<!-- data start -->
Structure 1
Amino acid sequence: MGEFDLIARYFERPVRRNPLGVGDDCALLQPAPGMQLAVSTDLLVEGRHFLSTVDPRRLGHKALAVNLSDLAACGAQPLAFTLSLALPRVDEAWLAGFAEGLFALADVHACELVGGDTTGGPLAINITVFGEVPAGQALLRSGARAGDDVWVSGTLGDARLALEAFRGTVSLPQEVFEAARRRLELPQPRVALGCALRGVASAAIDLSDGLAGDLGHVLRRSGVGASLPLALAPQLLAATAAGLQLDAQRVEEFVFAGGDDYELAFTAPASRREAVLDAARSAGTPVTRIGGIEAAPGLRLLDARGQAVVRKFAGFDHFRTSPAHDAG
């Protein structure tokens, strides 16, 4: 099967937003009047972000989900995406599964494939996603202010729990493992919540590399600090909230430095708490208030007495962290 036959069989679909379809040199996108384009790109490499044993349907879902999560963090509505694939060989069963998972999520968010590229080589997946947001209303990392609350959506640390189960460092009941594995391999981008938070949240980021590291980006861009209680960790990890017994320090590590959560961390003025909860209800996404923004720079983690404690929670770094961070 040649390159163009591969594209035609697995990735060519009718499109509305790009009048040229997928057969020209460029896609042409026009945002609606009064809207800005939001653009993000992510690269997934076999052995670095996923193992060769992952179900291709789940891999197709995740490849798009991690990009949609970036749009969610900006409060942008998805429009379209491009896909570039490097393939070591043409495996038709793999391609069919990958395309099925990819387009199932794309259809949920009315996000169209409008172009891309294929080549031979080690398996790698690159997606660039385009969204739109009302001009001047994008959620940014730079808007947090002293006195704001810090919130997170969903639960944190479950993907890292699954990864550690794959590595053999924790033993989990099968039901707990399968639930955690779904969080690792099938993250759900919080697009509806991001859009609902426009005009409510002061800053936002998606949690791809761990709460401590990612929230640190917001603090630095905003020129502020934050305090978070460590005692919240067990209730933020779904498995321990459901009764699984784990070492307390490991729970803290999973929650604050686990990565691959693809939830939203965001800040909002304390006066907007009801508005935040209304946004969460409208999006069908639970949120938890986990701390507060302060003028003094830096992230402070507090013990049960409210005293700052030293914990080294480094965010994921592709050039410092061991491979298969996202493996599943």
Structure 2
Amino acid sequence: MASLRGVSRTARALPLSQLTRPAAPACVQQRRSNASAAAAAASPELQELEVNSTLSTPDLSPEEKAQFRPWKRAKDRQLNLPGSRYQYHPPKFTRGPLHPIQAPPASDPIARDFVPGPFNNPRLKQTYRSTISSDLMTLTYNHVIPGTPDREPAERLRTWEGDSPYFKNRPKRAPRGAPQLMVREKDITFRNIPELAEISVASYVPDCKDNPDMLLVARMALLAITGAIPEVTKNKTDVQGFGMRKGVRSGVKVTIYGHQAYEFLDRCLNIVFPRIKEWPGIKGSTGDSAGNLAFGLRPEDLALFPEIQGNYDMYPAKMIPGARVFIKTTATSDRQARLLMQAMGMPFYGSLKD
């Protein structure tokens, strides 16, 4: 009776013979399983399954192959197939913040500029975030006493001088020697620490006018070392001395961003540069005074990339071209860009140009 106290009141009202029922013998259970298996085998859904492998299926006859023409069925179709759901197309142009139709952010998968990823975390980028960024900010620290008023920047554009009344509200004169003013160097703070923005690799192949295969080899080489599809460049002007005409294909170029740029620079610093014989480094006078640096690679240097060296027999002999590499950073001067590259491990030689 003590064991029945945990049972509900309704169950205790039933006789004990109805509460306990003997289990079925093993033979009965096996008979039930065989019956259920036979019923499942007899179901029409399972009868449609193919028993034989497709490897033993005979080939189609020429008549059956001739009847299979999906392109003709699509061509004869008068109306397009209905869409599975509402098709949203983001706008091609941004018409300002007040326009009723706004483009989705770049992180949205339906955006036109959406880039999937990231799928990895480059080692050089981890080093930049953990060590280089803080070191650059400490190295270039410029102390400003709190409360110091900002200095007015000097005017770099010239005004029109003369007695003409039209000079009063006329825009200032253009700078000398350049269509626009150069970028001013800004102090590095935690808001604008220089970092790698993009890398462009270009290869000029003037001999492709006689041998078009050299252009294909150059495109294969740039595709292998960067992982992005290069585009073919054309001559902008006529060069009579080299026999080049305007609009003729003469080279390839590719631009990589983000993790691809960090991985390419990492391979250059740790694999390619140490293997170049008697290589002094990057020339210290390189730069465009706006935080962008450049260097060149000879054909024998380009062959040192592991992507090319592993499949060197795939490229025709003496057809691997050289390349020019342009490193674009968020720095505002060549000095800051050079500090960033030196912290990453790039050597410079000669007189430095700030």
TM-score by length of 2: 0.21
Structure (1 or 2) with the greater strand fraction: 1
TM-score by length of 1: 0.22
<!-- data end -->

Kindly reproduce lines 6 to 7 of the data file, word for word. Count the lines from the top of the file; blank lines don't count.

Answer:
């Protein structure tokens, strides 16, 4: 009776013979399983399954192959197939913040500029975030006493001088020697620490006018070392001395961003540069005074990339071209860009140009 106290009141009202029922013998259970298996085998859904492998299926006859023409069925179709759901197309142009139709952010998968990823975390980028960024900010620290008023920047554009009344509200004169003013160097703070923005690799192949295969080899080489599809460049002007005409294909170029740029620079610093014989480094006078640096690679240097060296027999002999590499950073001067590259491990030689 003590064991029945945990049972509900309704169950205790039933006789004990109805509460306990003997289990079925093993033979009965096996008979039930065989019956259920036979019923499942007899179901029409399972009868449609193919028993034989497709490897033993005979080939189609020429008549059956001739009847299979999906392109003709699509061509004869008068109306397009209905869409599975509402098709949203983001706008091609941004018409300002007040326009009723706004483009989705770049992180949205339906955006036109959406880039999937990231799928990895480059080692050089981890080093930049953990060590280089803080070191650059400490190295270039410029102390400003709190409360110091900002200095007015000097005017770099010239005004029109003369007695003409039209000079009063006329825009200032253009700078000398350049269509626009150069970028001013800004102090590095935690808001604008220089970092790698993009890398462009270009290869000029003037001999492709006689041998078009050299252009294909150059495109294969740039595709292998960067992982992005290069585009073919054309001559902008006529060069009579080299026999080049305007609009003729003469080279390839590719631009990589983000993790691809960090991985390419990492391979250059740790694999390619140490293997170049008697290589002094990057020339210290390189730069465009706006935080962008450049260097060149000879054909024998380009062959040192592991992507090319592993499949060197795939490229025709003496057809691997050289390349020019342009490193674009968020720095505002060549000095800051050079500090960033030196912290990453790039050597410079000669007189430095700030």
TM-score by length of 2: 0.21